In 2008, Judge Robert Russell created the first Veterans Treatment Court (VTC) in Buffalo, New York. The court addressed the growing number of veterans that were ending up in the judicial system for smaller crimes, and focused on treatment over incarceration. Often the crimes that these vets were committing were related to alcohol or drug problems—a huge and growing trend in the veteran community that continues today. The program worked, and there are now over a hundred of these courts around the country.
And this past December (2015), the first VTC was established on a military post.
Keeping Veterans out of Prison
Instead of jail, VTCs put veterans into a recovery program—part rehab and part addiction therapy. Participants are required to make regular appearances in court (usually every other week) to check in on progress, and given mandatory group and class appearances.
The program is successful because it recognizes that veterans often have specific needs and problems that arise from their service. It also puts participants in a structure they can relate to. Life in the military is based around routine and order—both qualities that the VTC program takes advantage of.
Military Mentors Help
The other major contributor to its success is its use of mentorship. VTC participants, all of whom have voluntarily joined the programs, are connected with resources in their community including veteran volunteers. Connecting with others that have the shared military background and value system is a great way to combat addiction, which often starts with isolation, and many times grows out of underlying problems connected to their time in the military. These mentors give advice, provide support throughout the recovery process, and help connect the participants with resources that they might not know exist.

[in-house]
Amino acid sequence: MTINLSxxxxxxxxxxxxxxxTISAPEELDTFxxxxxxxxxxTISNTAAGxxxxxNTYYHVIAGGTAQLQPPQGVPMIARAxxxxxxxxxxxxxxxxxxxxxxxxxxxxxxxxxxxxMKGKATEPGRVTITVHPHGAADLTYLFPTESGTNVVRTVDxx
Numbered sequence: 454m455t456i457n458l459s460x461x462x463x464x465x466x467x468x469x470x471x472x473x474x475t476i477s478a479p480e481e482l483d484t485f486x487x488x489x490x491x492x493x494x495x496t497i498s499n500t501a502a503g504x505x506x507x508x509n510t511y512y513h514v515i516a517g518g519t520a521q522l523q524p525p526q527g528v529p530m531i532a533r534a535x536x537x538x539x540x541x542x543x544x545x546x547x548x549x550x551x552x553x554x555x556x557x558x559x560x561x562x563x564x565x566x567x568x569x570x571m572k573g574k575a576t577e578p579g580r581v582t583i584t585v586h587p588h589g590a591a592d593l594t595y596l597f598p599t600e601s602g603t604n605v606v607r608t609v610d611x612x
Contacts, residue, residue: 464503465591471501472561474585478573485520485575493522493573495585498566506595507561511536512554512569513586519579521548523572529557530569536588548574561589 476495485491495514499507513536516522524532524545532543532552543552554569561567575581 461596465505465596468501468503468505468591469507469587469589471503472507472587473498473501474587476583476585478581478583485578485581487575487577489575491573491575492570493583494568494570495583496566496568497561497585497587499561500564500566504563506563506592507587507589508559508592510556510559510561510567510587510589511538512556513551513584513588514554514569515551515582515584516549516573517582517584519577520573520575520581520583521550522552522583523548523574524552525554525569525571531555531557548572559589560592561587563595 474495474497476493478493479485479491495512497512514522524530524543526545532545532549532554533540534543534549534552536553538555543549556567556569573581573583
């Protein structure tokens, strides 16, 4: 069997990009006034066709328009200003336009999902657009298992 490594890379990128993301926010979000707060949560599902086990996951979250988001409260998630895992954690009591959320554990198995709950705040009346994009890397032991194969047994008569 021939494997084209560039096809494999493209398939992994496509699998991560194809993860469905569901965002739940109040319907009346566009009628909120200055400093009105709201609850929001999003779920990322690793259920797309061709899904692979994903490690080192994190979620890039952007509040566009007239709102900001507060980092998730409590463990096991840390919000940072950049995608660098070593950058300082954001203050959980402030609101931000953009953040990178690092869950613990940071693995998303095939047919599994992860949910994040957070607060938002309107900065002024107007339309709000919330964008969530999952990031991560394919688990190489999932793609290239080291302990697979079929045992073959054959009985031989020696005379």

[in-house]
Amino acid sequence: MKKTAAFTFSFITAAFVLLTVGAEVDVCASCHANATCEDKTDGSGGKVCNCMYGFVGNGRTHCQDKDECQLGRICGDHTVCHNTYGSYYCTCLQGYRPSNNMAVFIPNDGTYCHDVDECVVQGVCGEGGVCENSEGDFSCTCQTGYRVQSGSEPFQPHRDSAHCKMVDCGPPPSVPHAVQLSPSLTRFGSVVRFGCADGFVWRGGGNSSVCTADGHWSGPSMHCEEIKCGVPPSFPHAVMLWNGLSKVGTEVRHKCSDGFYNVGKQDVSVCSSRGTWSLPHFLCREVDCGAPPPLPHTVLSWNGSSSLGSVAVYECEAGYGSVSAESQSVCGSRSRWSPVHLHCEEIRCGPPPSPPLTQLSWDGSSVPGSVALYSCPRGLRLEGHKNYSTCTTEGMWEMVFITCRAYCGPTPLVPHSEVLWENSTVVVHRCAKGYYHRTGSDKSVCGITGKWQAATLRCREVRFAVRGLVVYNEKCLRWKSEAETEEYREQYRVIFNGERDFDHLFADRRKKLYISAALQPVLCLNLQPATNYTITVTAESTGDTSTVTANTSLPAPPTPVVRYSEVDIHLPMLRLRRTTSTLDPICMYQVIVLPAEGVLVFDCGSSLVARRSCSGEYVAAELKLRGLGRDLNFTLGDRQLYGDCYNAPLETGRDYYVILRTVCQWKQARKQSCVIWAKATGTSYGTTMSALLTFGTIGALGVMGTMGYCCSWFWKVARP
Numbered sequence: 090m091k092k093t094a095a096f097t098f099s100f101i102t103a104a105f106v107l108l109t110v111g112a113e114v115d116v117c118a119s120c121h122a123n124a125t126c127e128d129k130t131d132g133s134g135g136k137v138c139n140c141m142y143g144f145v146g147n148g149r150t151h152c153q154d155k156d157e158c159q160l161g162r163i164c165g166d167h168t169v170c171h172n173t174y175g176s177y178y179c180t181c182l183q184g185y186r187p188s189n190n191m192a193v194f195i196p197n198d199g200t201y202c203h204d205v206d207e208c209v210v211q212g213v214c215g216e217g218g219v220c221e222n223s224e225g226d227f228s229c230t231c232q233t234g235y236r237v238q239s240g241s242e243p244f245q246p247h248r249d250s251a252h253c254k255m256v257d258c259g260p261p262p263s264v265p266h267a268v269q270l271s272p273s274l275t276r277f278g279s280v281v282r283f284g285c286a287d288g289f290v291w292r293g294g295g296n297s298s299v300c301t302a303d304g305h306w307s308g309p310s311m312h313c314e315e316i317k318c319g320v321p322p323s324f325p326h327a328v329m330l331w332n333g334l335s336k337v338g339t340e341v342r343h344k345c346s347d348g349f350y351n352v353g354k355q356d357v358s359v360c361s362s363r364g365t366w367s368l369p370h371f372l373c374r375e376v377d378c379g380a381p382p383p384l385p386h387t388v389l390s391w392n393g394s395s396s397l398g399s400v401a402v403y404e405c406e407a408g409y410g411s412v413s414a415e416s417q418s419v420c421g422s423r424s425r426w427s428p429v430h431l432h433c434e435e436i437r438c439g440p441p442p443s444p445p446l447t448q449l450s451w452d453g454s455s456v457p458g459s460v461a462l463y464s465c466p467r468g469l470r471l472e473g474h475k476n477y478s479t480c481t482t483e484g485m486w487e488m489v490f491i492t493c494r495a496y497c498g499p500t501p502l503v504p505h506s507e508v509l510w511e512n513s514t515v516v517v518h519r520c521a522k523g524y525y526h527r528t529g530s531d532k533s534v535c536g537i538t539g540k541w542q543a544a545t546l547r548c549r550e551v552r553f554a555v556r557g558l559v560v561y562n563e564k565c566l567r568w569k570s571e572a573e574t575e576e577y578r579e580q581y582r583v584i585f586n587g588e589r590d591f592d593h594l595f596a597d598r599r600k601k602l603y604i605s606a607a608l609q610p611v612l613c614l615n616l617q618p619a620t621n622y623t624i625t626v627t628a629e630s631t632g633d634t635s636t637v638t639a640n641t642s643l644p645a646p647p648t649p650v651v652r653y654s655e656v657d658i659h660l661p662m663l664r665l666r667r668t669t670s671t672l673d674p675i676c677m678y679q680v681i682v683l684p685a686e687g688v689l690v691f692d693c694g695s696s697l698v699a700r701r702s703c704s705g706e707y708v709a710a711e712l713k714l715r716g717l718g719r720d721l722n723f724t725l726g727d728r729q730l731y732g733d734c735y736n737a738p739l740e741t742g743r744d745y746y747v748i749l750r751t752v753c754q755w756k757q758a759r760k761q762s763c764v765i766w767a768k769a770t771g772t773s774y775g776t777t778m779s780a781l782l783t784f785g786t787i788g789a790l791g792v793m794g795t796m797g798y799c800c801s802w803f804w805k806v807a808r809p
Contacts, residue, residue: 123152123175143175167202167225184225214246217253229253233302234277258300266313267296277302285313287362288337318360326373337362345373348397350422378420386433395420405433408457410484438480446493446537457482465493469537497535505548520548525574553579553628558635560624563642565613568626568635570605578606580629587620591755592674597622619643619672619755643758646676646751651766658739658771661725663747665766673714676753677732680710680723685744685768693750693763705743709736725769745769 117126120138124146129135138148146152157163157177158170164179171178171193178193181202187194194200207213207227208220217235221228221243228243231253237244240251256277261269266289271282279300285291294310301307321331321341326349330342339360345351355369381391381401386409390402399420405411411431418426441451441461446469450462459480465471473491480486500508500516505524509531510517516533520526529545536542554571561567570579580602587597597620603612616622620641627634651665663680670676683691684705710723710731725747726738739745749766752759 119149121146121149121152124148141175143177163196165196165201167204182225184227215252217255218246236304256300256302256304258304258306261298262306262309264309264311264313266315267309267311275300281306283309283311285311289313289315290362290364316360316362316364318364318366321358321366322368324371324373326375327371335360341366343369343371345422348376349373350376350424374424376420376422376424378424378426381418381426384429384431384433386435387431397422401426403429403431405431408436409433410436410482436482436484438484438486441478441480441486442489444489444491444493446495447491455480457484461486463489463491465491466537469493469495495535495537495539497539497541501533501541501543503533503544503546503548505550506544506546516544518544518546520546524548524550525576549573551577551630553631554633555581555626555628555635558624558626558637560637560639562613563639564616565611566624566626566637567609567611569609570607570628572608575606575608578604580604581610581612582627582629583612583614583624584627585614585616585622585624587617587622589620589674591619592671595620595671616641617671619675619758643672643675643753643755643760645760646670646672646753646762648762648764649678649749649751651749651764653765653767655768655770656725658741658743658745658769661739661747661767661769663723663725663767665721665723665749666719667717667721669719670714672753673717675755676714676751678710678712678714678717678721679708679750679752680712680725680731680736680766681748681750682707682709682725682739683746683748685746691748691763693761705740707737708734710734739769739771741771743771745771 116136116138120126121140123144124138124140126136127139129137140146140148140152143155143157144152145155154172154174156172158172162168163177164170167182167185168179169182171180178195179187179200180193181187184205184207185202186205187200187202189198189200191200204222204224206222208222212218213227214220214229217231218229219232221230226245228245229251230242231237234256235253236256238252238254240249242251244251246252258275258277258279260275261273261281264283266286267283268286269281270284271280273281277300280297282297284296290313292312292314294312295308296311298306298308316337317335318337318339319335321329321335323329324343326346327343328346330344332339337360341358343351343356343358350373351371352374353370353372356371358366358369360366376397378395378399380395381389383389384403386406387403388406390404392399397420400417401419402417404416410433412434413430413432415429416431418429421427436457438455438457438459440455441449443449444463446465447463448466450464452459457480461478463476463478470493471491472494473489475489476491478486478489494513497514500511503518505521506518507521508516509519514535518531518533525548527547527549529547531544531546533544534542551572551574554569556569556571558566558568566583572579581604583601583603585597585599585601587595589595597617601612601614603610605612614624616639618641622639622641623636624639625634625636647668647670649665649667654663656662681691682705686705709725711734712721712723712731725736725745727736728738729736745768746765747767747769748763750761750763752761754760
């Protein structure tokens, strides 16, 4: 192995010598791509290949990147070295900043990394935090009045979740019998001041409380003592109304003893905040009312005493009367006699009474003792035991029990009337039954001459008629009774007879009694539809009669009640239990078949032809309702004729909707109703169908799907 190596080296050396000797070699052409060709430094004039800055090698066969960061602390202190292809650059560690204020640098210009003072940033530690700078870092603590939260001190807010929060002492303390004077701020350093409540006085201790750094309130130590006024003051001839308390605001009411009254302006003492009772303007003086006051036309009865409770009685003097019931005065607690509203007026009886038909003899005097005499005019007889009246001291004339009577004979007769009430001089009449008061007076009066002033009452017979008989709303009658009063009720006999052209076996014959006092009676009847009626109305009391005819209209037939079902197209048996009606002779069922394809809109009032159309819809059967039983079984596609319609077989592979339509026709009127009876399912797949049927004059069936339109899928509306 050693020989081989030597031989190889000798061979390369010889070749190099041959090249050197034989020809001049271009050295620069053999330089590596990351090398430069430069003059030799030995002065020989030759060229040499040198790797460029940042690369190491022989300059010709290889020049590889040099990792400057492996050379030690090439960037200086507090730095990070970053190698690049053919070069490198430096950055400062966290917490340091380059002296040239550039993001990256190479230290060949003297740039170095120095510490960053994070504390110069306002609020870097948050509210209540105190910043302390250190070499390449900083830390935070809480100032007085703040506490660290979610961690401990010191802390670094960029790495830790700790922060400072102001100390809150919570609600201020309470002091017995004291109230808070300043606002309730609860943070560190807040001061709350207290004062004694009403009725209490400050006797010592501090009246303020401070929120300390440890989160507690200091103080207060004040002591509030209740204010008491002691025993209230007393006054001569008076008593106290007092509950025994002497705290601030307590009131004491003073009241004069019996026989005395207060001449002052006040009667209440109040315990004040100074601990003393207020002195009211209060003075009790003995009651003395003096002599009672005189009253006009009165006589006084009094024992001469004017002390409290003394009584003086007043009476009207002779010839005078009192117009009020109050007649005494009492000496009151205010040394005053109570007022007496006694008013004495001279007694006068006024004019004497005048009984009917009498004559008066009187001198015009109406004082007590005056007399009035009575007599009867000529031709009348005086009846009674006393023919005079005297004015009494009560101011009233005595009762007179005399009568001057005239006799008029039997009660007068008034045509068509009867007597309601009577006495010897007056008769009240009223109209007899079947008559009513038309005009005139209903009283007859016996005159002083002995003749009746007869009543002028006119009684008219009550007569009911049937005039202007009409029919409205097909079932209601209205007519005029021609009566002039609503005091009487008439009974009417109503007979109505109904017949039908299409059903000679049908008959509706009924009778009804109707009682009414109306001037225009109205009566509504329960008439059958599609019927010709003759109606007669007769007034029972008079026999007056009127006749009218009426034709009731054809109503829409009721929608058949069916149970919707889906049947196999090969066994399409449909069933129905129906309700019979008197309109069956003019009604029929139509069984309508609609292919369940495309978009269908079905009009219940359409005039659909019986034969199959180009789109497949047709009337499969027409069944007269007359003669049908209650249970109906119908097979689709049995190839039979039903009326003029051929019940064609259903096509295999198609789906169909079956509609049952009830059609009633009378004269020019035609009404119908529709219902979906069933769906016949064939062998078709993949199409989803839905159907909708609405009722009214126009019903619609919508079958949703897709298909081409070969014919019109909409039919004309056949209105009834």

Fort Hood’s On-Post Veteran Treatment Court is a First
The VTC that was started on post at Fort Hood is a unique program, says Richard Durbin, the U.S. attorney for the Western District of Texas in this article posted on the Army’s website, which also says that Hood was chosen for its size and because it has lots of veterans that come on-post for a wide variety of reasons. This system will be able to step in when those vets get in trouble.
The VTCs on Hood and around the country are a great step towards helping veterans in trouble. None of us who served (and continue to serve) deserve special treatment from the law. But many, especially those who have seen multiple combat tours, carry with them wounds from their service. Programs like these are a great way to address those issues, which don’t excuse bad choices, but do present opportunities to address problems in different ways.
Justice for Vets is a national level organization with lots more information on VTCs, along with an interactive map showing all VTC locations around the country. They’re also a great resource for more information about these kinds of courts, how they work, and who they help.
Or click here for more information on volunteering to be a part of their “Mentor Corps.”